When they did it was not on Rum, but on Mull, nearly 40 miles away. David Sexton saw it happen; he was one of a small team from the Royal Society for the Protection of Birds that in 1985 guarded the loch-side nest 24 hours a day until the chick flew. He remembers the agonising wait in a wretched summer, cold and wet, and the eventual "overwhelming joy and relief" when the young bird, the first hatched in Britain for 70 years, finally left the nest.

Twenty years on, Sexton is back on Mull as the RSPB representative on the island, and this time he is not just guarding a sea eagle's nest; he is showing one to the public. The birds are slowly but surely increasing in numbers, with 32 pairs now breeding through the Inner Hebrides from Mull up to Skye, and the days when the location of every eyrie had to be kept a closely guarded secret are passing.

In partnership with other conservation bodies - Scottish Natural Heritage, Forestry Commission Scotland and the Mull and Iona Community Trust - the RSPB is operating a public viewing hide that looks directly on to the nest in the broken Sitka spruce; it is believed to be the only such hide in the world.

You step in. You look out. You find your heartbeat quickening. "The eagles do have a profound effect on people who see them," Sexton said. "It seems to affect people deep in their soul. We had one woman who burst into tears when she saw them. Another couple wrote that it was the best day of their lives. Of course some people just say, lovely, fine, thanks very much, but the majority seem to experience something they will never forget."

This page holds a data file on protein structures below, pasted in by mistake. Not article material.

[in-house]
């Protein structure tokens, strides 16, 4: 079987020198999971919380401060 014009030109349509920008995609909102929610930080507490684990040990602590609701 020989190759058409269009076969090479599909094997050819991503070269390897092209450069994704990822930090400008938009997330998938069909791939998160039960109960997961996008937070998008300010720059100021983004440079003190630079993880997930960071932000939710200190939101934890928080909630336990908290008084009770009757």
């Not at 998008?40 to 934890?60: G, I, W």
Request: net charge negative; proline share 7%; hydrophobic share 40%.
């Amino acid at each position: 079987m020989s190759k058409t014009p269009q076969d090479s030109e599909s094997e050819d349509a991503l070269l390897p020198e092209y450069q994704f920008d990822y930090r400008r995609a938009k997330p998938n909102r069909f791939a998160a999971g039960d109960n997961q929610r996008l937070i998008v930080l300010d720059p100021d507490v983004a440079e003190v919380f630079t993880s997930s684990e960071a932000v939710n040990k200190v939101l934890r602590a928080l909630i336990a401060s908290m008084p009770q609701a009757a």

The sheer size of the birds, he says, takes people by surprise. White-tailed sea eagles are northern Europe's biggest birds of prey and the larger female has a wingspan of more than eight feet (2.4m), a foot more than the female golden eagle.

Their size is particularly noticeable when they are "buzzed" by buzzards defending their territory. We watched it happen: the attacking buzzard, one of the biggest birds around in southern England, seemed in the binoculars the size of a blackbird, and the eagle contemptuously shrugged it off with a flap of its wing.

The other surprise is their beauty. Although young sea eagles are almost black, the adults are a striking tawny brown on the back, with a pale yellow head and a rounded tale of pure white.

It is fascinating to compare them to golden eagles, an exercise that on Mull, remarkably, you can do without much difficulty. Mull is Britain's "Eagle Island"; it is now not only home to more than half a dozen pairs of sea eagles (the exact figure is confidential); it has a similar number of golden eagle territories.

Having seen the first, we asked a couple who run nature tours of the island to find us the second. Pam and Arthur Brown, retired farmers from Cheshire, started Discover Mull five years ago, and now take a Land Rover full of visitors out every day looking for eagles, otters on the seashore, and the other wildlife in which the island is rich. They found us a golden eagle, a bird soaring along the length of a towering granite cliff above the sea.

It appeared much darker than its cousin, although when it settled the golden feathers on its head, after which it is named, were clearly visible. Its silhouette was different too, more angled and arrowlike, although in majesty, in mastery of flight the birds were the same.

Look upon them and you may tap into parts of your soul you didn't know were there. In a world trashed and flattened into sameness, we should be grateful that they are still soaring in the sky over Mull, proclaiming their difference.

¿ Visits to the Mull sea eagle hide are accompanied and depart from near Tobermory. They must be booked in advance by ringing 01688 302038. More information can be found on the RSPB website at www.rspb.org.uk/birds/brilliant/regions/scotland/whitetailed.asp. Discover Mull can be contacted on 01688 400415, or via www.discovermull.co.uk.